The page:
Vietnam, China sign agreements in PM meeting in Beijing
Seeking solutions to boost border trade is part of the agreements, which also cover the management of the maritime environment in the Gulf of Tonkin.
Vietnam and China signed four agreements during the visit paid by Vietnamese Prime Minister Pham Minh Chinh on June 25-28.
|Vietnam and China sign an agreement on maritime environment management in the Gulf of Tonkin. Photos: VGP|
The agreements, signed today at the meeting between Prime Minister Chinh and Chinese counterpart Li Qiang in Beijing, cover immigration management, market supervision, smart border gate, and research and management of the marine environment in the Gulf of Tonkin.
The two prime ministers discussed some fields covering political trust, trade and investment, and people-to-people ties at the meeting during PM Chinh’s visit, which is the first by a Vietnamese PM to China in 7 years.
Accordingly, the leaders agreed to promote the joint statement on strengthening the Vietnam-China comprehensive strategic partnership with the exchange of visits of high-ranking officials and tightened collaboration between Parties, Governments, and National Assemblies.
PM Chinh reaffirmed that the relations with China are Vietnam’s priority in its foreign policy, while Li Qiang said Vietnam is among China’s priorities for neighborhood diplomacy.
They stressed the importance of cooperation in foreign affairs, defense security, border and maritime security maintenance and development, inter-local cooperation, and support in regional and international forums.
|Vietnam's Prime Minister Pham Minh Chinh (L) and China's Premier Li Qiang in China on June 26.|
On trade, PM Chinh said the two countries need to take advantage of geographical proximity to boost cooperation. He requested China to provide better access to Vietnamese farm produce and seafood; support Vietnam soon opening its trade promotion office in Chengdu of Sichuan and Haikou of Hainan; boost customs clearance at border gates; remove obstacles in some big projects in Vietnam; and speed up disbursement of China’s non-refundable aid.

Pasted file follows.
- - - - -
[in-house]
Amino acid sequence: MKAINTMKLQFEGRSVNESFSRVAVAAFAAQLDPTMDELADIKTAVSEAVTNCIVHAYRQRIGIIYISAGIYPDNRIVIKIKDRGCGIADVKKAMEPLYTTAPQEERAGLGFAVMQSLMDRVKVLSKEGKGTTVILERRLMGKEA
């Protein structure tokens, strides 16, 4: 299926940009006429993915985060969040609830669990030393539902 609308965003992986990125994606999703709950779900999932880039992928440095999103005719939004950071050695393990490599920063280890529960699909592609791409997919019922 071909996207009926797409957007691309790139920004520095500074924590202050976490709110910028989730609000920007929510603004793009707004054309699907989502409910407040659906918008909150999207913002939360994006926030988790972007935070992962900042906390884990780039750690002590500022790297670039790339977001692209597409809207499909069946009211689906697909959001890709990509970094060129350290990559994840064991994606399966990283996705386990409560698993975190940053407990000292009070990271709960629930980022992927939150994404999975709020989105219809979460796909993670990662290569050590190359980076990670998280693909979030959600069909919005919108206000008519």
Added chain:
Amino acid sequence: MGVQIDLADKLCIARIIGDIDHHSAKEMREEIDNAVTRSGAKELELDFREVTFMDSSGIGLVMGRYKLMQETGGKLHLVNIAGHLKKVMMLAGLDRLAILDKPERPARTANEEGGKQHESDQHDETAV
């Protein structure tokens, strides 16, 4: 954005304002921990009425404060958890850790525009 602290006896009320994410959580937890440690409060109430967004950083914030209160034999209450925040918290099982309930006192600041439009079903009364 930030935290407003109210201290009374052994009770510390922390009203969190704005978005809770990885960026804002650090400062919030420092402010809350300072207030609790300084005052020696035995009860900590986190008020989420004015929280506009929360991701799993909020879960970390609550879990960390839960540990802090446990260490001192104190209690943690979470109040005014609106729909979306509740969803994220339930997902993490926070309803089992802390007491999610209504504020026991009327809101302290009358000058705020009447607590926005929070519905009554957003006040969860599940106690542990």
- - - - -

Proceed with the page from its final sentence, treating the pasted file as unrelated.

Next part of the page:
In 2022, the two-way trade reached US$175 billion, accounting for one-fourth of China-ASEAN’s total trade. Vietnam is China’s 4th largest trade partner globally and the biggest in Southeast Asia.
Other possible cooperation fields would be finance, agriculture, transport, environment, healthcare, science-technology, digital transformation, green growth, circular economy, and climate response.
The two prime ministers envisaged connection via road, railway, and waterways, focusing on joint railway projects, resumption of commercial flights, water management in the Mekong River, and cooperation in education and tourism.
Regarding investment, Li Qiang said the Government of China would encourage leading companies to invest in Vietnam to make cooperation substantive and commensurate with the comprehensive strategic partnership.
Concerning maritime and regional issues, the two sides talked straightforwardly to stress the importance of curbing conflicts and maintaining peace and security in the East Sea (referring to the South China Sea).
Meanwhile, they vowed to cooperate with regional and international organizations, including the World Trade Organization (WTO), Asia-Pacific Economic Cooperation (APEC), Asia-Europe Meeting (ASEM), and ASEAN.
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